Pour into the prepared baking dish. Sprinkle oat mixture over top of the batter, and then bake for 40 to 45 minutes, or until a toothpick inserted into the centre of the cake comes out clean. Serve warm, with tea or coffee. You can say you invented it, if you like.

Green tea and Meyer lemon jelly

When you have a baby in BC, they send a public health nurse to come and make sure you know what you’re doing and that your living room isn’t a meth lab, and with the little pork chop, things were no different. And while the nurses at the hospital were amazing and lovely and I wanted to bring each of them home to live with me, the public health nurse sucked.

I am sure that she meant well. She contradicted everything the hospital nurses said, and then went on to list the things I was doing wrong and the things I shouldn’t do wrong in the future. And then she gave me some pamphlets, and a DVD about purple crying, and told me I should let the baby decide our schedule because wanting to get more than an hour’s sleep in one go is selfish and his needs are sensitive. Did I want him to have abandonment issues? Did I want him to be an emotional eater, a problem drinker, or an Adam Sandler fan? I am sure that she meant well. Or maybe she was just kind of an asshole.

Either way, figuring that she knew best, I tried to follow her instructions so as not to permanently ruin the boy. I was never able to get him off the bottle so he will probably be obese and emotionally distant. One thing you find out pretty quickly is that every nurse, doctor, or person with children is an expert and is happy to offer his or her opinion, and each of those opinions contradicts all of the other opinions you’ve already heard. And that everything you do wrong will eventually be the reason why your child grows up to be a nihilist or a crackhead.

Piece by piece the public health nurse’s advice unravelled. He preferred the bottle, and we preferred sleeping three hours at a time, and then four hours, and now sometimes seven. We run the bath a little warmer and he doesn’t cry, and we let him watch TV sometimes when one of us is making dinner and the other has to go to the bathroom. The last warning she offered was about putting the baby to sleep on his stomach – you’re never supposed to put a baby to sleep on his stomach.

The kid wouldn’t nap. He was tired, and he would cry and cry about it, and it was, quite frankly, tiresome. We both knew that he needed to sleep, but he had to sleep on his back which was the rule. And so every single day, we would battle over naptime, and I would put him down to sleep as he rubbed his eyes and his fat bottom lip quivered. And he would cry and I would give it 25 or 30 minutes and then I would pick him up and the two of us would sit down on the couch and he would complain about how I was mistreating him and I would agree that I don’t know what the hell I’m doing here.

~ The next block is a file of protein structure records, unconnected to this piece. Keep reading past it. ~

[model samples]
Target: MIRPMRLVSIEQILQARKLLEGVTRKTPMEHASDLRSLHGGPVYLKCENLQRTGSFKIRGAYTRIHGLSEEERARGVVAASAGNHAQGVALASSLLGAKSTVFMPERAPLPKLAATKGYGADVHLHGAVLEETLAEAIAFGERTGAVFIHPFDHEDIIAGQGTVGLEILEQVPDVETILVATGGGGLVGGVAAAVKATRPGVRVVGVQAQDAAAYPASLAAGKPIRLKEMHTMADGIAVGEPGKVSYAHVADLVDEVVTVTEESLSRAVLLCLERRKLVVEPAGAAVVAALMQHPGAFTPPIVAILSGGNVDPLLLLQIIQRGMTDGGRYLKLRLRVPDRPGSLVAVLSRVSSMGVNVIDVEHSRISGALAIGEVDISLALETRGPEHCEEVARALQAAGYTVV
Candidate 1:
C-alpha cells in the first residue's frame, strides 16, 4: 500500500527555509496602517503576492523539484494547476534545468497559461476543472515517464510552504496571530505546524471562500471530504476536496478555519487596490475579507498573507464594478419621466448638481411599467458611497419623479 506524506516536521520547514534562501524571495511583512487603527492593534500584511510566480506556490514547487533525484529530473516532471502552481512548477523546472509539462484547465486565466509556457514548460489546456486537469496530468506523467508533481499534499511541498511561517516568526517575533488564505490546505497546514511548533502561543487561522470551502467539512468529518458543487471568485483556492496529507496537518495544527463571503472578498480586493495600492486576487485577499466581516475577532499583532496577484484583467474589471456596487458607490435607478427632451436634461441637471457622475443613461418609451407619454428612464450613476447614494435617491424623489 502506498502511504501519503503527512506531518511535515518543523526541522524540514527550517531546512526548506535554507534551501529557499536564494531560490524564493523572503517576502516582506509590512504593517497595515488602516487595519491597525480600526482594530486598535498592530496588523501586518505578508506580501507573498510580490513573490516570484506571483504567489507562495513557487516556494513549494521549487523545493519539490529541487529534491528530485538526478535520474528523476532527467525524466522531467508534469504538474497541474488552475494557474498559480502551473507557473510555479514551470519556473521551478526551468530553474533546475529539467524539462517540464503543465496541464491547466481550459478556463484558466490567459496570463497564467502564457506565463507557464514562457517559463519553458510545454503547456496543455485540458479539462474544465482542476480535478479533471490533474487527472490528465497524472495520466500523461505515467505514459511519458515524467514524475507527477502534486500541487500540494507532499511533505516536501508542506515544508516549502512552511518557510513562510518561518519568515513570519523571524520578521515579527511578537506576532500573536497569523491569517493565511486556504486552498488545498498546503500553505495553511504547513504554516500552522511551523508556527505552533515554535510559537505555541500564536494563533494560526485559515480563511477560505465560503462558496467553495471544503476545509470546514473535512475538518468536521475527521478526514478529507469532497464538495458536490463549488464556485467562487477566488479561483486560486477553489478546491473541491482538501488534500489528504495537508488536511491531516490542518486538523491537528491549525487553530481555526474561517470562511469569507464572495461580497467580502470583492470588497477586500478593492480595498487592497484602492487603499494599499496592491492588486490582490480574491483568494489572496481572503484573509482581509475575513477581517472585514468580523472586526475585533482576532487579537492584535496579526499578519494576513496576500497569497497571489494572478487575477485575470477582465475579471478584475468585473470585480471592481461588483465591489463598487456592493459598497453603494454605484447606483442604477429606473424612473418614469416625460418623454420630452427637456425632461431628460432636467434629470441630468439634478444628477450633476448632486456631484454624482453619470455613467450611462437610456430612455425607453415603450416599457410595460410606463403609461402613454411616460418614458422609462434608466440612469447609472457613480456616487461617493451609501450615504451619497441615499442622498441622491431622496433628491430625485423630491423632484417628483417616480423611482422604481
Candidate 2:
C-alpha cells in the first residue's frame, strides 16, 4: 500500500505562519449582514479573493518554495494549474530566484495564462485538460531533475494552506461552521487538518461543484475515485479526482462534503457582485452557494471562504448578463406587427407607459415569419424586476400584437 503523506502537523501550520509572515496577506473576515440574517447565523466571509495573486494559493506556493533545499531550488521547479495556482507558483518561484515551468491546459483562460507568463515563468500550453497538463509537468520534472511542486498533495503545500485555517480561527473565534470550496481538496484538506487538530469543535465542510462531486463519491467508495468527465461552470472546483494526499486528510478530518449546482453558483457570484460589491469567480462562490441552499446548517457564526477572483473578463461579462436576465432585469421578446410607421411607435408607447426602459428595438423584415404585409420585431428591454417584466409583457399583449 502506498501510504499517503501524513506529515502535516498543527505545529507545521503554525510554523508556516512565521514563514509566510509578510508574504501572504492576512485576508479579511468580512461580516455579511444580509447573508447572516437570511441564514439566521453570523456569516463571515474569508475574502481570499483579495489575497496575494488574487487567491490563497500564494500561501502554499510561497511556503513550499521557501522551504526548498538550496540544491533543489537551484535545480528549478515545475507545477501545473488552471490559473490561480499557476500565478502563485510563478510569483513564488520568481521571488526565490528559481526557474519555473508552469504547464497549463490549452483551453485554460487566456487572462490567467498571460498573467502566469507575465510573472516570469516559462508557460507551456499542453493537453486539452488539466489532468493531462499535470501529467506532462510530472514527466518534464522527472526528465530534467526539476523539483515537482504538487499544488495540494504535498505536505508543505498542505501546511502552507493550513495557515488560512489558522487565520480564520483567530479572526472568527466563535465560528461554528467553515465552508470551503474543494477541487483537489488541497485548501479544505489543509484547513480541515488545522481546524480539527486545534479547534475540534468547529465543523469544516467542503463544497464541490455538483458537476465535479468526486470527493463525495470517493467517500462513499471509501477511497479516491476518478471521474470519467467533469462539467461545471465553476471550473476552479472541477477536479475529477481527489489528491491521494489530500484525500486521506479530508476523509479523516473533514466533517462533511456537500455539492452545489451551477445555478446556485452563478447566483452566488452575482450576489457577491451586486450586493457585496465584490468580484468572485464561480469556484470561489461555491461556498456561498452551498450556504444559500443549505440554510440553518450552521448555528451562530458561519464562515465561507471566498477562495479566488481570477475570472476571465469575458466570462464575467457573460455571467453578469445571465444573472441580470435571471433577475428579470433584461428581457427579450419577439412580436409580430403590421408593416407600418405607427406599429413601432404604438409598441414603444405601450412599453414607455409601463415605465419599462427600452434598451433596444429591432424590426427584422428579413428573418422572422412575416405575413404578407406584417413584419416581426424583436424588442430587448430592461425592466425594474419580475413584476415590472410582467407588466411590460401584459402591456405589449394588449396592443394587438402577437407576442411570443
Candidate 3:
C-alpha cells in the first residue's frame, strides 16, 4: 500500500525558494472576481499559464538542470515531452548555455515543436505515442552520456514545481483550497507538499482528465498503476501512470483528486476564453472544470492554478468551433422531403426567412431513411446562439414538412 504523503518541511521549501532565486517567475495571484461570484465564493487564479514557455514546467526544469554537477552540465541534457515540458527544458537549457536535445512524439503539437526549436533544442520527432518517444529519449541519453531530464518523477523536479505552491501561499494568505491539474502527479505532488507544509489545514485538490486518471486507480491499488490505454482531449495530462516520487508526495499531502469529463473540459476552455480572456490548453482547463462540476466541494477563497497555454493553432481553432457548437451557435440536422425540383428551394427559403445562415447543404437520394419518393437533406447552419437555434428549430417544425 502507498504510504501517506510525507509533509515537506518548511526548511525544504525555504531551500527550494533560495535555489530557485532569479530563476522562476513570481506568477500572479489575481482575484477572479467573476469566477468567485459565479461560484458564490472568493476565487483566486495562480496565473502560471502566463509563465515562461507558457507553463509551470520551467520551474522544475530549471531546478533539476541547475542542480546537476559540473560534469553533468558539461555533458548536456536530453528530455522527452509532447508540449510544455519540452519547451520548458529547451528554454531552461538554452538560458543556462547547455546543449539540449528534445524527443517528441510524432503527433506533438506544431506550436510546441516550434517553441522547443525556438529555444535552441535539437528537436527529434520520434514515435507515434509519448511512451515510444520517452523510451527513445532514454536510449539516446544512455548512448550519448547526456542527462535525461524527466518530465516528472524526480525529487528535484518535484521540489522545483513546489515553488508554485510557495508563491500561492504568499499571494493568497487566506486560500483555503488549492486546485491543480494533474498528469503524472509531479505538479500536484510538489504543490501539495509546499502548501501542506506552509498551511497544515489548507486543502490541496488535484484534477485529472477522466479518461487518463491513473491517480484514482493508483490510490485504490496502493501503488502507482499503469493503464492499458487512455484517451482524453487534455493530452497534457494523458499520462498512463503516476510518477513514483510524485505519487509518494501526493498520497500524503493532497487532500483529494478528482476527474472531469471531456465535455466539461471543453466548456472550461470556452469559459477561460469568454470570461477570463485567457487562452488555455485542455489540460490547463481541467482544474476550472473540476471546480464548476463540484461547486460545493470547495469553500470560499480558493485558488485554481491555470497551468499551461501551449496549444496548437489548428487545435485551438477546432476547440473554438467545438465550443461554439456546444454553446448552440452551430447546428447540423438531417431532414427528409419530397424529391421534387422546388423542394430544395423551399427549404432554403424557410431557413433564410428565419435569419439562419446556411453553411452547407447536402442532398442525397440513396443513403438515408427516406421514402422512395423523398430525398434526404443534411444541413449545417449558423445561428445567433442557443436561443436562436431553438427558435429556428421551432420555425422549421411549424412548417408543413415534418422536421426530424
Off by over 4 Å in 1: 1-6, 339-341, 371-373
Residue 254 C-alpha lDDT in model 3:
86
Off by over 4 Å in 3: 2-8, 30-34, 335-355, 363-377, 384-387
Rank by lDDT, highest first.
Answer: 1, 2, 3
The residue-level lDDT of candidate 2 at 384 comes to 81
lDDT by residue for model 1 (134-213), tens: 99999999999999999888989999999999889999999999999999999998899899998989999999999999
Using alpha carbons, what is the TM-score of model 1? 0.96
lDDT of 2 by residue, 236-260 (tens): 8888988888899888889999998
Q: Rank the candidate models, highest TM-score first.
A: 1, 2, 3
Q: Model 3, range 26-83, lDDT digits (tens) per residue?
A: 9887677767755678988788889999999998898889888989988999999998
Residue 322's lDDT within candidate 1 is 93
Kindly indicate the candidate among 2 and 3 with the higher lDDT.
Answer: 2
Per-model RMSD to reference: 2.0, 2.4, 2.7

We did the whole nap-on-the-back thing today, and it went the way it always does. But today, after I picked him up and pat his back and told him that we do like him, we just like him better when he’s rested, I put him back in his crib, down on his stomach, and within 30 seconds he was asleep, and though I checked him every five minutes to make sure he wasn’t dead, he slept nearly three hours.

The baby napped today. THE BABY NAPPED TODAY.

So I did what I like to do when I have some time alone. I made a little treat, and read a little bit of book, and had a full sandwich uninterrupted and it was everything I thought it would be.

The little treat was a little bit of jelly. The sun has come out the past few days this week, and there are Meyer lemons at the public market, and for the first time in months I felt like something cool and fruity instead of something hot and chocolate. A little lemon juice, some sugar, and a pot of green tea turned into something pleasantly bitter and refreshingly tart – the kind of thing one might enjoy during a few fleeting moments of quiet.

If you can’t find Meyer lemons, use regular lemons but increase the sugar to a full cup.

Green tea and Meyer lemon jelly

  • 2 1/2 cups water
  • 2 packets of unflavoured gelatin
  • 2 teabags of green tea
  • 2/3 cup granulated sugar
  • 1/2 cup Meyer lemon juice (from two or three Meyer lemons)